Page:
Quebec open took place in Montreal at the end of July 23-30 July.
In 1967, the Quebec chess federation was created in reason of the conflict between chess players from Quebec and from the rest of Canada. The language barrier was at the principal reason that pushed Quebecers to create their own federation.
In 1972, powered by the ‘’Fischer-Boom’’, the Quebec chess federation organized the first official Quebec Open, which attracted 744 players. It was a real shock since the previous tournaments in Quebec had barely attracted more than 50 players.
In 1982, two players from England were invited: GM Michael Stean and IM Nigel Short. The young IM was back then a big sensation, considered by many as a child prodigy who could one day aspire to the title of world champion.
In 1980, one of the strongest player to ever live in Canada arrived in a spy-movie way. His name was Igor Ivanov and he was part of a Russian chess team coming to Cuba for a chess tournament. He had earn his place on this trip by defeating the world champion Anatoly Karpov in a pretty convincing way. However, he ran away in Canada during a refuelling stop in Newfoundland, chased by KGB agents. He then made a big sensation by winning the Quebec Open, then the Canadian Open and Closed, the last two taking place at the same time! Running from one of his game to the other, he managed to win both tournaments ahead of very strong international masters. He later won all the Quebec Open in which he played (except in 1985).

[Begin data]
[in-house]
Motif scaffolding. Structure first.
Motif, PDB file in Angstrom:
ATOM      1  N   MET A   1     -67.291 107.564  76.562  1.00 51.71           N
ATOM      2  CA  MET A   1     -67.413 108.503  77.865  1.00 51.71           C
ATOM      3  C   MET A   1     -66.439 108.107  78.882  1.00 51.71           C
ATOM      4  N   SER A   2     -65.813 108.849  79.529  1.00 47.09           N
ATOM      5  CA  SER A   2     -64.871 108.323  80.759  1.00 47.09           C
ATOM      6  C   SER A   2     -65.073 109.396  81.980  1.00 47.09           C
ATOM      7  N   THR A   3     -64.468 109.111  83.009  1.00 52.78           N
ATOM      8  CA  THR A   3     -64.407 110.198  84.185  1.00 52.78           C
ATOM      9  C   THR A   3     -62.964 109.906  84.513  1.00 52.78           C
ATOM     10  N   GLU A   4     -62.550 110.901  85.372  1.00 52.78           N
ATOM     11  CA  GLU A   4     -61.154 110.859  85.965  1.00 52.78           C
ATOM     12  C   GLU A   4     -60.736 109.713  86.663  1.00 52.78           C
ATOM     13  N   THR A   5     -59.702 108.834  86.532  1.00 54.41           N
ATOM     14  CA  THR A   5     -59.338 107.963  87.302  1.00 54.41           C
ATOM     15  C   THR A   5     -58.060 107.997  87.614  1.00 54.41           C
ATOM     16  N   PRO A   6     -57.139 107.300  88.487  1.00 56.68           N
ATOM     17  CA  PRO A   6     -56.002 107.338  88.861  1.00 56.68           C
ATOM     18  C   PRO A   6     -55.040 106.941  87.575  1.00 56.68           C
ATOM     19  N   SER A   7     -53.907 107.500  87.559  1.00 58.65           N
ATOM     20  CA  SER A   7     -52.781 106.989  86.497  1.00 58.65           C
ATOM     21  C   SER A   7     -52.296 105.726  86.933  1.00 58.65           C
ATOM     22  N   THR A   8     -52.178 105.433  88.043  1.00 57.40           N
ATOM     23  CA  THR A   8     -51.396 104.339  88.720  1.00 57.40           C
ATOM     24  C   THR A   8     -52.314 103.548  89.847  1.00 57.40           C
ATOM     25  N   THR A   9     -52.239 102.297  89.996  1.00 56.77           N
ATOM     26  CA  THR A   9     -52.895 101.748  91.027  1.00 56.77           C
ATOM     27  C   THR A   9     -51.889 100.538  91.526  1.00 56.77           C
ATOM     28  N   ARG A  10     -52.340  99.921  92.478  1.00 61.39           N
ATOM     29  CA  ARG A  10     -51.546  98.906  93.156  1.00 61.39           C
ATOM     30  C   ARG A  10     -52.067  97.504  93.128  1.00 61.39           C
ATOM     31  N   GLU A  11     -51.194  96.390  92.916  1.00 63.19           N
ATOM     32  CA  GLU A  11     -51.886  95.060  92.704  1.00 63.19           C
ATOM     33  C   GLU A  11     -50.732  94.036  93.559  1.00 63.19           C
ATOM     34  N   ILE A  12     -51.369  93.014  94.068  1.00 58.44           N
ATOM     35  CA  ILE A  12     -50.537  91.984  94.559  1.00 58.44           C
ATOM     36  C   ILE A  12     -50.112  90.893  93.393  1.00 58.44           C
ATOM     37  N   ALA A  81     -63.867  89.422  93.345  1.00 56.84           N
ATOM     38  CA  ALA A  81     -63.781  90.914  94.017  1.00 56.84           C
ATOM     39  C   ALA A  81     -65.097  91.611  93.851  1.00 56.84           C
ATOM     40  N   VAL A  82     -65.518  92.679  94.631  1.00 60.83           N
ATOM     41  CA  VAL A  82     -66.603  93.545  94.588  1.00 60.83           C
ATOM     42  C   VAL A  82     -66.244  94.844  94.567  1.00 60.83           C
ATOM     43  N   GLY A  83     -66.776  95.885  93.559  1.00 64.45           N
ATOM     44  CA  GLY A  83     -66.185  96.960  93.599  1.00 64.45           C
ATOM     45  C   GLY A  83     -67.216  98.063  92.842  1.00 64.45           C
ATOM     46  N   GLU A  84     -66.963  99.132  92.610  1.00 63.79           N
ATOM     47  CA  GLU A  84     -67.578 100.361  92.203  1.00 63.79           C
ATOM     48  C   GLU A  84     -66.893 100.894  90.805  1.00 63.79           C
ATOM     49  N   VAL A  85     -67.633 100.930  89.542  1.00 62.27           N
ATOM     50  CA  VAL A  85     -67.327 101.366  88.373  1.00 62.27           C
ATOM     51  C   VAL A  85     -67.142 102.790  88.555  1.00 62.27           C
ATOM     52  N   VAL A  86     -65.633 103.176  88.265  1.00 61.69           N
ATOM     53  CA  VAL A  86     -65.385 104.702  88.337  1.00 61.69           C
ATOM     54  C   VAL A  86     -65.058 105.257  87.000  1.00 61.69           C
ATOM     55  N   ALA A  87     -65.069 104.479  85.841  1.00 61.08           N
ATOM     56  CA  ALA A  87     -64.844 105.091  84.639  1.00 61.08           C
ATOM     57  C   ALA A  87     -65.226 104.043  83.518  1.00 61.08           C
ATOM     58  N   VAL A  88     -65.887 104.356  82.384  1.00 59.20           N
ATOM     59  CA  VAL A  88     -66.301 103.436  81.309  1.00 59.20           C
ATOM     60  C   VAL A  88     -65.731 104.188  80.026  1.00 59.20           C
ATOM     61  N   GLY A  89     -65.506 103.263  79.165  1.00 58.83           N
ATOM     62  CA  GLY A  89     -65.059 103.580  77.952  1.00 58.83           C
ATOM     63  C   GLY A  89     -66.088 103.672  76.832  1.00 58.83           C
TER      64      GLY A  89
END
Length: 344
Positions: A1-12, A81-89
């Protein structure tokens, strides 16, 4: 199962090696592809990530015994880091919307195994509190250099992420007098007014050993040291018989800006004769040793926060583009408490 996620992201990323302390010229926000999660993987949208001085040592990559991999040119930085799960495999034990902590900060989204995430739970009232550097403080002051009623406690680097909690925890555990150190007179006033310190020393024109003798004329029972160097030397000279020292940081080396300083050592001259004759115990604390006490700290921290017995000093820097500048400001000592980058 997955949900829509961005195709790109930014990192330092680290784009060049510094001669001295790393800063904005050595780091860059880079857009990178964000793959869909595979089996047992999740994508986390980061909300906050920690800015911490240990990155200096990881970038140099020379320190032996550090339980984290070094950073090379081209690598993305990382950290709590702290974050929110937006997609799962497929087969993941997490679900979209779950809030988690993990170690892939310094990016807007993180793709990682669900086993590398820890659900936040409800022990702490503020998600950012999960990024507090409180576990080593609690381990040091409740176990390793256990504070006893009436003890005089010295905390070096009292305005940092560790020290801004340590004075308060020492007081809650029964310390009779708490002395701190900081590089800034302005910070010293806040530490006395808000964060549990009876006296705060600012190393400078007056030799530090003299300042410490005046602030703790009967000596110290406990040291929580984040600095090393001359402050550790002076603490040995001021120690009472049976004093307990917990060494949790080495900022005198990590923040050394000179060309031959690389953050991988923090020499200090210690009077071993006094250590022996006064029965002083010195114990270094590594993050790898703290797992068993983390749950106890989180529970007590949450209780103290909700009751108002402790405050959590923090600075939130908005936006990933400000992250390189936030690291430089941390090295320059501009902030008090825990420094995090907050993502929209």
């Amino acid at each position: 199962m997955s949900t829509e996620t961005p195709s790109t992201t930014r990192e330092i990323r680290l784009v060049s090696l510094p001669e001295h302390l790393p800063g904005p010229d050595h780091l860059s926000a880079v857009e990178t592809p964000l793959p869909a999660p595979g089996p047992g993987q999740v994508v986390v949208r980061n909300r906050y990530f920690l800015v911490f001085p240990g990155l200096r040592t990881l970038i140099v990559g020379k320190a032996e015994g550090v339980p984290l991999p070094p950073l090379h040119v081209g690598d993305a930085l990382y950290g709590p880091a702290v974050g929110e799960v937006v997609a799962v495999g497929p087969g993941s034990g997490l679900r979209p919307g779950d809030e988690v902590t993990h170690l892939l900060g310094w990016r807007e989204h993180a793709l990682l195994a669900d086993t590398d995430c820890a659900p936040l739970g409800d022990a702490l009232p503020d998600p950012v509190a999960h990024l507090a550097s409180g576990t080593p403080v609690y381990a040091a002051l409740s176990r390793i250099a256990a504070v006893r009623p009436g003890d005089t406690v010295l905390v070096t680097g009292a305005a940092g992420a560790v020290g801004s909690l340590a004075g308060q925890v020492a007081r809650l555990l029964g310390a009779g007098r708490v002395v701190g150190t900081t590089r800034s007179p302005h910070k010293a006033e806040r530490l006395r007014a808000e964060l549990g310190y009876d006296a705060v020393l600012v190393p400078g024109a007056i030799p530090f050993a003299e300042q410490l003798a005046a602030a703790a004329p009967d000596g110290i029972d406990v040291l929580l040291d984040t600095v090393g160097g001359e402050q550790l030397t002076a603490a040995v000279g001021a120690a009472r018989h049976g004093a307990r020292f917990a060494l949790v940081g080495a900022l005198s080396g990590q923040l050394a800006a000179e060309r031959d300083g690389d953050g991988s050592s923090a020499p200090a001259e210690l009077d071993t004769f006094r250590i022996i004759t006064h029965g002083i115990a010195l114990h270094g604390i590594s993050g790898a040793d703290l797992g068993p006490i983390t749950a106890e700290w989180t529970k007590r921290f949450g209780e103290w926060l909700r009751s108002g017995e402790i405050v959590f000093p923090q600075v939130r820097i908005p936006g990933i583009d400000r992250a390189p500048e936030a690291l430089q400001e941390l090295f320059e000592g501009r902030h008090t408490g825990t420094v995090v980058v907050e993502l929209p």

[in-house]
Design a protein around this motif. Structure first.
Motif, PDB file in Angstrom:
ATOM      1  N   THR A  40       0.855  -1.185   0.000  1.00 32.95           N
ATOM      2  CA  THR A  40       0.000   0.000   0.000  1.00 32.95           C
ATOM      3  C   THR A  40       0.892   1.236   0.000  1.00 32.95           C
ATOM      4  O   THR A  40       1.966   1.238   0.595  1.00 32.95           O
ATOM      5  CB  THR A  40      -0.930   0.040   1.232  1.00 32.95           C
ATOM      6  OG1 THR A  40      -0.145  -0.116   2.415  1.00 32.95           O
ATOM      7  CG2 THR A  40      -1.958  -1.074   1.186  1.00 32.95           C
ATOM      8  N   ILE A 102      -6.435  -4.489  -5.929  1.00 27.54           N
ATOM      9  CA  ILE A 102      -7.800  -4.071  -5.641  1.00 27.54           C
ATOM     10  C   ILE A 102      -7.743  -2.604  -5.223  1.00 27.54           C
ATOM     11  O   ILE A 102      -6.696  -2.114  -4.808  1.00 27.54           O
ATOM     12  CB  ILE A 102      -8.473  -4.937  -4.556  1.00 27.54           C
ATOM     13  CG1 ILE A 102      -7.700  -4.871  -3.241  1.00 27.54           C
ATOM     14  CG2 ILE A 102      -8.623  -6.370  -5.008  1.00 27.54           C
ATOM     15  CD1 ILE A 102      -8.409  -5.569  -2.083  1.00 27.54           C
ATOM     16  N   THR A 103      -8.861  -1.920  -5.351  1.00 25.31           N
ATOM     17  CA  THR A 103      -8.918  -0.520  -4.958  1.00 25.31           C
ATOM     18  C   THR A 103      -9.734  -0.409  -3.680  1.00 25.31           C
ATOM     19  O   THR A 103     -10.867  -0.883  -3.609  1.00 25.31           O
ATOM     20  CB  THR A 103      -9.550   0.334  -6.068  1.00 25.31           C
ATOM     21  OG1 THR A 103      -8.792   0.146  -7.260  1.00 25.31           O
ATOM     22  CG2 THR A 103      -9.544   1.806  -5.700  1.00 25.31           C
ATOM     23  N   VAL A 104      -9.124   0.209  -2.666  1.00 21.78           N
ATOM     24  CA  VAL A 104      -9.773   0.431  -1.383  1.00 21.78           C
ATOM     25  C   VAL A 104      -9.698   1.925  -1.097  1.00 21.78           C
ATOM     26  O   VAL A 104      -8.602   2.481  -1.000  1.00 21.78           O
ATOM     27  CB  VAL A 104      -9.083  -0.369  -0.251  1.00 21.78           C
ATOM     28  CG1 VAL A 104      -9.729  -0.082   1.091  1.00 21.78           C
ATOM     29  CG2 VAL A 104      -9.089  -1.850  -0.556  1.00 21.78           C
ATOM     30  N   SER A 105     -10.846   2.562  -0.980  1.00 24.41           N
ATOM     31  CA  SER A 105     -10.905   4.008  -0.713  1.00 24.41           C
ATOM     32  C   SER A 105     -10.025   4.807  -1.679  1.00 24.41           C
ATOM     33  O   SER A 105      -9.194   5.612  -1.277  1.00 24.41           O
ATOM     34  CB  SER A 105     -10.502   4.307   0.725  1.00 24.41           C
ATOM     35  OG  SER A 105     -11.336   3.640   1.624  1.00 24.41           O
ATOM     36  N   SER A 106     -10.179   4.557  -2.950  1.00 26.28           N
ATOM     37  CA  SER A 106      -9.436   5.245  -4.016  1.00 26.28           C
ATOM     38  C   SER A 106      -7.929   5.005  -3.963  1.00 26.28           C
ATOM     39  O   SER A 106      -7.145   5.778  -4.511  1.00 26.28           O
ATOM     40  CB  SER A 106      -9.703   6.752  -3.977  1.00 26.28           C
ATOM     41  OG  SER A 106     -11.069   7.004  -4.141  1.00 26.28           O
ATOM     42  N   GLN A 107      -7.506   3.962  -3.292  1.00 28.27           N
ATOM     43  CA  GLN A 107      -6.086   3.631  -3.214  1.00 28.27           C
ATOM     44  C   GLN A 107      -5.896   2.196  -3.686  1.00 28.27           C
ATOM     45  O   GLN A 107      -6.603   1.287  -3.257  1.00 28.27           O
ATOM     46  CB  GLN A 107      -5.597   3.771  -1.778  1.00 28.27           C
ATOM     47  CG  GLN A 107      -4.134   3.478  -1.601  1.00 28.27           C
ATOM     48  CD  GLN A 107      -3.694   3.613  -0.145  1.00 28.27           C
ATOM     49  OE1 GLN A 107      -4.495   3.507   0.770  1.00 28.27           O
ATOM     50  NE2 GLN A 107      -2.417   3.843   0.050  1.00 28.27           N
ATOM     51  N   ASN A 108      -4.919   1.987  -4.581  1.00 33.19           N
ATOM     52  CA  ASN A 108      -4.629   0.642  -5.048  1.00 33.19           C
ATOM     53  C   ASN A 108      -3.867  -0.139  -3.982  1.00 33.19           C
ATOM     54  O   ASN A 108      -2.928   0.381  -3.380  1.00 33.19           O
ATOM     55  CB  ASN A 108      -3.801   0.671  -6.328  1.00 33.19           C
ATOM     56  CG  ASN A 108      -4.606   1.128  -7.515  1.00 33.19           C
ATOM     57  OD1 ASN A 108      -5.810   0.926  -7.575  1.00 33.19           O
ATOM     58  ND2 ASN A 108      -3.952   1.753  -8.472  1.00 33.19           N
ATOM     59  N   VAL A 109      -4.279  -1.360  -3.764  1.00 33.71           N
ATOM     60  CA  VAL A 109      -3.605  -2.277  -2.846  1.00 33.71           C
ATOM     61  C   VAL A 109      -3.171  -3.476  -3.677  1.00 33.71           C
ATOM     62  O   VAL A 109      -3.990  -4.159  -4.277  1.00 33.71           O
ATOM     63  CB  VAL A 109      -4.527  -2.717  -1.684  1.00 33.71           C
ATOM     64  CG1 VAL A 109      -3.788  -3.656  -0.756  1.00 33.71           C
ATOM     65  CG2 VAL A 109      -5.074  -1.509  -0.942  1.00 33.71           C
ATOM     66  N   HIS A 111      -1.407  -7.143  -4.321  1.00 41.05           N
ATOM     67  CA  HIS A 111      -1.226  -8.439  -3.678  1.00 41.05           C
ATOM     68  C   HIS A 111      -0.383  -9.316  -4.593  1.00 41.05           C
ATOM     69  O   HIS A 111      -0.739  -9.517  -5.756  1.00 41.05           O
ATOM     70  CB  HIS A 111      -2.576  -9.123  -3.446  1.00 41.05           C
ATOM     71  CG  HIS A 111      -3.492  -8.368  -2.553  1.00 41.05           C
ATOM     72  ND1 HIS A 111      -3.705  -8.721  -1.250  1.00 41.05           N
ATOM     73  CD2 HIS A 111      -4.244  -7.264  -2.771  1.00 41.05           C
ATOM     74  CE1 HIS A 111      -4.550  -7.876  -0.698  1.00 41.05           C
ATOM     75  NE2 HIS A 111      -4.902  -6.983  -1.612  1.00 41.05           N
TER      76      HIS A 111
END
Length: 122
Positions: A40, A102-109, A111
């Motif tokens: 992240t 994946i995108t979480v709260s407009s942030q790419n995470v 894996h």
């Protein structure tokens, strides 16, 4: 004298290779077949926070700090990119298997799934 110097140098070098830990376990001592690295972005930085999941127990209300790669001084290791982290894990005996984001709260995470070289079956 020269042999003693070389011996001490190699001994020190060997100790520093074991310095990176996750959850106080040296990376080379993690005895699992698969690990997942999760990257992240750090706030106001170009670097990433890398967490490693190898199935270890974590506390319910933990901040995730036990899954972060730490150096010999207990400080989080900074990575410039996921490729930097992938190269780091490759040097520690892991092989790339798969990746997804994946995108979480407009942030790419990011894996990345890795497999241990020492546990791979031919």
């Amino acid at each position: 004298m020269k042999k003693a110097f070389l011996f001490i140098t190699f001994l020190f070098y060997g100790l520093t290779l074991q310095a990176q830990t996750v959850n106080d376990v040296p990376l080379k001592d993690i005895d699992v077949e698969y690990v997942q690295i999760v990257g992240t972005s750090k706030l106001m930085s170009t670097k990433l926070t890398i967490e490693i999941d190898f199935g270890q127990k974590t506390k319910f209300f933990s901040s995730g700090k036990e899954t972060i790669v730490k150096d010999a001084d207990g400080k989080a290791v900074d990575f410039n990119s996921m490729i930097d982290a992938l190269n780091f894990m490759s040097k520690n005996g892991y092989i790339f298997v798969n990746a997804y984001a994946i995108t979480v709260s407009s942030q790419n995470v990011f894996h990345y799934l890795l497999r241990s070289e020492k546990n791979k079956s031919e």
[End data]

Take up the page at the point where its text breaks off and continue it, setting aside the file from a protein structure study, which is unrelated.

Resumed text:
Many chess legends participated in the Quebec Open, such as Boris Gulko in 1992, Ljubomir Ljubojević in 1984 (who back then had the third highest rating in the world) and Korchnoi in 2004. The tournament was composed of 6 sections- Invitational, Open, U2000, U1700, U1400, U1100.
The invitation section (consisted 30 players only, and the tournament is very similar to a round-robin event). IM Nikolaj Noritsyn made the tournament of his life to win the event outright 7/9. He made his first GM norm with a spare round, and did not lose a single game. Walter Arencibia of Cuba concluded his successful Canadian tourney to claim clear second with 6.5/9, thus becoming the unofficial winner of the improvised Canadian circuit. Best Quebec players were GMs Anton Kovalyov (better on tie-break) and Bator Sambuev. I lost a crucial game in the penultimate round against the winner, and ended sixth. Still, I had a reason to be proud with coach achievements. I had some brief sessions with two Canadian players who did very well in the open section. Twelve-years old Olivier Kenta Chiku-ratte finished second, while Felix Dumont sixth (and improved a good 100 points from the event). The only titled player in this section, IM Jean Hebert won the event outright with 8/9.